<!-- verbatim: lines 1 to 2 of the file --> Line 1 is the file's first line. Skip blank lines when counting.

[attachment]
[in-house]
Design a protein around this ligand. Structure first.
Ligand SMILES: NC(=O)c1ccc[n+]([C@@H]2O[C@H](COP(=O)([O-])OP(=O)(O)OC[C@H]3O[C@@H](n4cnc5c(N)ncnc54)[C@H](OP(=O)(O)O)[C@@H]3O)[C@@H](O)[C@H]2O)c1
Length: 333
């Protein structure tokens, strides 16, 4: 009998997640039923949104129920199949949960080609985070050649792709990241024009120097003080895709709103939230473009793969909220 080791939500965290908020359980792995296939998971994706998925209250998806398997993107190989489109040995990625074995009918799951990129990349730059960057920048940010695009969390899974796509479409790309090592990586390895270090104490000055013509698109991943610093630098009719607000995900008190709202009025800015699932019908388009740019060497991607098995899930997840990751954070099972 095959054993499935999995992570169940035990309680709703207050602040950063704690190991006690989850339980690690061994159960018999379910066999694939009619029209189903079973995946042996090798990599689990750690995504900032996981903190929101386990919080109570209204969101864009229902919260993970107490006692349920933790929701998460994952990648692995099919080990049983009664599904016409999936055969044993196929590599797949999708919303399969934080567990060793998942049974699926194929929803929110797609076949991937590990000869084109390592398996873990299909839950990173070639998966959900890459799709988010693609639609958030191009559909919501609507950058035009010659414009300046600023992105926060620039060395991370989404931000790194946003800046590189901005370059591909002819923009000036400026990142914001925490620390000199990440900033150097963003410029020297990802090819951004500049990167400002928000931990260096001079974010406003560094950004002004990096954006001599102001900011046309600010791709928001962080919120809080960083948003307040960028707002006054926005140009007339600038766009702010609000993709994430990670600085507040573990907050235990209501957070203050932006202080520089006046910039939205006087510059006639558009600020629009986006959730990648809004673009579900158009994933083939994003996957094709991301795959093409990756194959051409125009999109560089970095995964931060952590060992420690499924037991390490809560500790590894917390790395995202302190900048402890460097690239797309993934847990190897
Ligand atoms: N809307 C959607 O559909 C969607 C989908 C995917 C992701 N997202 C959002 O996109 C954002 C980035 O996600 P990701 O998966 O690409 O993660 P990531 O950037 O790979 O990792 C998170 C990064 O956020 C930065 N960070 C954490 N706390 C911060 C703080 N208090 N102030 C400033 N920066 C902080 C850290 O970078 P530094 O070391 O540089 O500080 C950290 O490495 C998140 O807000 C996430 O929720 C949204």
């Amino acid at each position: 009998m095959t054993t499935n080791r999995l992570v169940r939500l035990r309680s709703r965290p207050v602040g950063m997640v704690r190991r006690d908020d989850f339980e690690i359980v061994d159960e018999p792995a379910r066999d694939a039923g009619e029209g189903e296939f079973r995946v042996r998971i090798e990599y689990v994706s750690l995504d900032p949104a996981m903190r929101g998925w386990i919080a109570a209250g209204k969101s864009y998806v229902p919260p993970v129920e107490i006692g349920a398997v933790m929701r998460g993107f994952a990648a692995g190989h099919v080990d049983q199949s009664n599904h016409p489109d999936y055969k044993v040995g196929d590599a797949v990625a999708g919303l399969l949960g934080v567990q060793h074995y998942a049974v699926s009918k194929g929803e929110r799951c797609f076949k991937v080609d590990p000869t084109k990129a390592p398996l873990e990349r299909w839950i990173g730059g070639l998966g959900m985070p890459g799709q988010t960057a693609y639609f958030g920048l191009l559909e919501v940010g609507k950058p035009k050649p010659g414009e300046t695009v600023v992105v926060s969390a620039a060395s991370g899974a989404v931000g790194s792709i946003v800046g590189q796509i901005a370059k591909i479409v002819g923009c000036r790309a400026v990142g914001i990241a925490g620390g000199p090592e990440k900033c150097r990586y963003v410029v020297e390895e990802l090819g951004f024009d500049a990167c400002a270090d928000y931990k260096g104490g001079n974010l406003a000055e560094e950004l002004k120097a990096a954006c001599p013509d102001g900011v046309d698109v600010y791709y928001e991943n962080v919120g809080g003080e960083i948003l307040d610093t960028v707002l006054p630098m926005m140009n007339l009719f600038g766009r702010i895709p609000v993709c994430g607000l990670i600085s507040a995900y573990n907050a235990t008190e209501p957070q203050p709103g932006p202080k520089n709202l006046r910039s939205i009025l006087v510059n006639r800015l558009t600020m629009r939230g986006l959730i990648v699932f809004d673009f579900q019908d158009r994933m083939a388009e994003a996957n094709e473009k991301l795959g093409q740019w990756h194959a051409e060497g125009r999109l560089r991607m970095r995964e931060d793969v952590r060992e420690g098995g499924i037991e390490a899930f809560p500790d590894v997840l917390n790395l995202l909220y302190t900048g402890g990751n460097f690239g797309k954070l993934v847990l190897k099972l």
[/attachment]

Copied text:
[in-house]
Design a protein around this ligand. Structure first.